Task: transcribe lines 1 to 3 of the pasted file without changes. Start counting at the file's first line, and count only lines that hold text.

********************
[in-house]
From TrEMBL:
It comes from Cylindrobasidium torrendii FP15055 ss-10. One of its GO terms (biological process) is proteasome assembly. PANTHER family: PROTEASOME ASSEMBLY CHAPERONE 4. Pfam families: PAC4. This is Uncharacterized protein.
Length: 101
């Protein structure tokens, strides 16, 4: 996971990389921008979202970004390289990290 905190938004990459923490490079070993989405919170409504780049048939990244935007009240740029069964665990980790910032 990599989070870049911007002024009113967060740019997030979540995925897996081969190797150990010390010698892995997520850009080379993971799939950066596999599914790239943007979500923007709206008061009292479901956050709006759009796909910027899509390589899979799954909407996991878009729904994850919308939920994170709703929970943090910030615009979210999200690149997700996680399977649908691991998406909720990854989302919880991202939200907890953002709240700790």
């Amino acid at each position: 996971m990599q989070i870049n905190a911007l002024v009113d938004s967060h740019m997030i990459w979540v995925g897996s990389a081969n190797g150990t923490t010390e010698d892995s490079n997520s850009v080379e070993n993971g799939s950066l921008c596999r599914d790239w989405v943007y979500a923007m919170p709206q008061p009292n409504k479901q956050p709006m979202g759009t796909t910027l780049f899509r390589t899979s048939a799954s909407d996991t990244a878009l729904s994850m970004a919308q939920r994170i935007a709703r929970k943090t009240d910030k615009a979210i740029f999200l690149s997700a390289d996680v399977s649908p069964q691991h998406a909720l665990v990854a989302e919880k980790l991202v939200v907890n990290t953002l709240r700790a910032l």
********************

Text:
[in-house]
From TrEMBL:
It comes from Cylindrobasidium torrendii FP15055 ss-10. One of its GO terms (biological process) is proteasome assembly. PANTHER family: PROTEASOME ASSEMBLY CHAPERONE 4. Pfam families: PAC4. This is Uncharacterized protein.